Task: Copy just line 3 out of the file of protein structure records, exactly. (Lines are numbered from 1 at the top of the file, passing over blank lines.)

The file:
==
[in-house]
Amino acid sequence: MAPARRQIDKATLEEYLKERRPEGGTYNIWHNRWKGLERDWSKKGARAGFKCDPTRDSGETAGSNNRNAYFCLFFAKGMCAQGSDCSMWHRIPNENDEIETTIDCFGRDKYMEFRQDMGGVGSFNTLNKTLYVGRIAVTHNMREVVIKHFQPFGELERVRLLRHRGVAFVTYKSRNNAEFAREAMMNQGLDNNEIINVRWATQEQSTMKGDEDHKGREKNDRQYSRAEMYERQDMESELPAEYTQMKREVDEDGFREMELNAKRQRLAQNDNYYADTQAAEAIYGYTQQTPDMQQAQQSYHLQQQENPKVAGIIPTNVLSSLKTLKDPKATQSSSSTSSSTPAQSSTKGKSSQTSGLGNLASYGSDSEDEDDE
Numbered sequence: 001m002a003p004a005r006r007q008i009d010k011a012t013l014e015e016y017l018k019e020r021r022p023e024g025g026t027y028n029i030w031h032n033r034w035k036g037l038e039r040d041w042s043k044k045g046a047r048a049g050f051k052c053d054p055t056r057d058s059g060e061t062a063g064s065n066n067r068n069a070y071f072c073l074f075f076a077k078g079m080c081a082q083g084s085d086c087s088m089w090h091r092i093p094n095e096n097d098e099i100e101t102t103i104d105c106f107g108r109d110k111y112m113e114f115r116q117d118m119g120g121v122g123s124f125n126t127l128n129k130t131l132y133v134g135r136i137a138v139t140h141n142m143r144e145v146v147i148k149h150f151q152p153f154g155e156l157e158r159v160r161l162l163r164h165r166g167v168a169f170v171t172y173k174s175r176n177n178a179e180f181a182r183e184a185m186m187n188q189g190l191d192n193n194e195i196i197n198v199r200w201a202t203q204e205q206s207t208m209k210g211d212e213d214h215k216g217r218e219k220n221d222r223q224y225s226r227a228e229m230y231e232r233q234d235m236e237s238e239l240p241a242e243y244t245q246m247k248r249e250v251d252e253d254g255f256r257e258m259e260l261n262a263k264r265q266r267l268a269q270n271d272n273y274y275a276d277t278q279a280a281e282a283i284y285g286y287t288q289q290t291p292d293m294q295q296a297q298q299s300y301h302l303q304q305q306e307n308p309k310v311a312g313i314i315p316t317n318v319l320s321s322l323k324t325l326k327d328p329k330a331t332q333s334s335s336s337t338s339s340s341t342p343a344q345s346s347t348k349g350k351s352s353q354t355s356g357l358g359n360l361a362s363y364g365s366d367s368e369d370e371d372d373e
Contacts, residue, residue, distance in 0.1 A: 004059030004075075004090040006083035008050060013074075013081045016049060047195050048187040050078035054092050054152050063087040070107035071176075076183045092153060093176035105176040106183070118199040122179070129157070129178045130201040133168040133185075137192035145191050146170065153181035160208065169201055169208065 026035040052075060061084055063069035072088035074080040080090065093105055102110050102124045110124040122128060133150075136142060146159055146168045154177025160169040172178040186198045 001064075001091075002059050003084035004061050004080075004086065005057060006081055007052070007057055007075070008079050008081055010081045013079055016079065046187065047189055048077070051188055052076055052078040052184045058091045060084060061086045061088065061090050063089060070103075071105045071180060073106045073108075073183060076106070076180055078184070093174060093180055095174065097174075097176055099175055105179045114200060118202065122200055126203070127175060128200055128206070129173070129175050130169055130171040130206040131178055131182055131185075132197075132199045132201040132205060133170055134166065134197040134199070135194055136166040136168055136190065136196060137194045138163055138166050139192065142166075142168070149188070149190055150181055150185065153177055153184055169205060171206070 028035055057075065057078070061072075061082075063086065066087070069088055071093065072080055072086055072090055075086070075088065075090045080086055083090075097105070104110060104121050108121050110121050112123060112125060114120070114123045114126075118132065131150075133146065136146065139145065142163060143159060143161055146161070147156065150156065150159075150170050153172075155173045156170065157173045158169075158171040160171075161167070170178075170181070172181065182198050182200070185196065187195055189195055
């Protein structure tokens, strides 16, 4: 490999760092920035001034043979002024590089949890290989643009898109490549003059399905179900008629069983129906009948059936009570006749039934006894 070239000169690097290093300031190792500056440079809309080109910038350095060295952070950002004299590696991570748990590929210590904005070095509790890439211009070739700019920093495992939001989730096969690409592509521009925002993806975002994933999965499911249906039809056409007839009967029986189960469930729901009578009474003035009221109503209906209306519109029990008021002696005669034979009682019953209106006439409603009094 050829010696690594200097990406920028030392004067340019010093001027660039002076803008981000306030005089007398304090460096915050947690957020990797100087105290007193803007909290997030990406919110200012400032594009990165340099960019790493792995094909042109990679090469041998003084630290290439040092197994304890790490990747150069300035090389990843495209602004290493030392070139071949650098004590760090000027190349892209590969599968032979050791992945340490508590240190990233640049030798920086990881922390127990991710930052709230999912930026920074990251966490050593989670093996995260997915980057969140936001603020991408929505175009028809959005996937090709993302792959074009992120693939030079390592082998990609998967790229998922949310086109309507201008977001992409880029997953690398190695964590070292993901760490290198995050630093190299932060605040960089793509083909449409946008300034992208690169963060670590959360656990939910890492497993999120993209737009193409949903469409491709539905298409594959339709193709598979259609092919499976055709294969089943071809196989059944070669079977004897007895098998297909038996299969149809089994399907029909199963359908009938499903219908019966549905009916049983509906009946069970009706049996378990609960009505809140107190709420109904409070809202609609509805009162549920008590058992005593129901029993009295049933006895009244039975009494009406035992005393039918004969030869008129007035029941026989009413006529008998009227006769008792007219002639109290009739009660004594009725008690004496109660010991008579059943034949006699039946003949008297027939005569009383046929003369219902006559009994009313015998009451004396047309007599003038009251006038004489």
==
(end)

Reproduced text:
Numbered sequence: 001m002a003p004a005r006r007q008i009d010k011a012t013l014e015e016y017l018k019e020r021r022p023e024g025g026t027y028n029i030w031h032n033r034w035k036g037l038e039r040d041w042s043k044k045g046a047r048a049g050f051k052c053d054p055t056r057d058s059g060e061t062a063g064s065n066n067r068n069a070y071f072c073l074f075f076a077k078g079m080c081a082q083g084s085d086c087s088m089w090h091r092i093p094n095e096n097d098e099i100e101t102t103i104d105c106f107g108r109d110k111y112m113e114f115r116q117d118m119g120g121v122g123s124f125n126t127l128n129k130t131l132y133v134g135r136i137a138v139t140h141n142m143r144e145v146v147i148k149h150f151q152p153f154g155e156l157e158r159v160r161l162l163r164h165r166g167v168a169f170v171t172y173k174s175r176n177n178a179e180f181a182r183e184a185m186m187n188q189g190l191d192n193n194e195i196i197n198v199r200w201a202t203q204e205q206s207t208m209k210g211d212e213d214h215k216g217r218e219k220n221d222r223q224y225s226r227a228e229m230y231e232r233q234d235m236e237s238e239l240p241a242e243y244t245q246m247k248r249e250v251d252e253d254g255f256r257e258m259e260l261n262a263k264r265q266r267l268a269q270n271d272n273y274y275a276d277t278q279a280a281e282a283i284y285g286y287t288q289q290t291p292d293m294q295q296a297q298q299s300y301h302l303q304q305q306e307n308p309k310v311a312g313i314i315p316t317n318v319l320s321s322l323k324t325l326k327d328p329k330a331t332q333s334s335s336s337t338s339s340s341t342p343a344q345s346s347t348k349g350k351s352s353q354t355s356g357l358g359n360l361a362s363y364g365s366d367s368e369d370e371d372d373e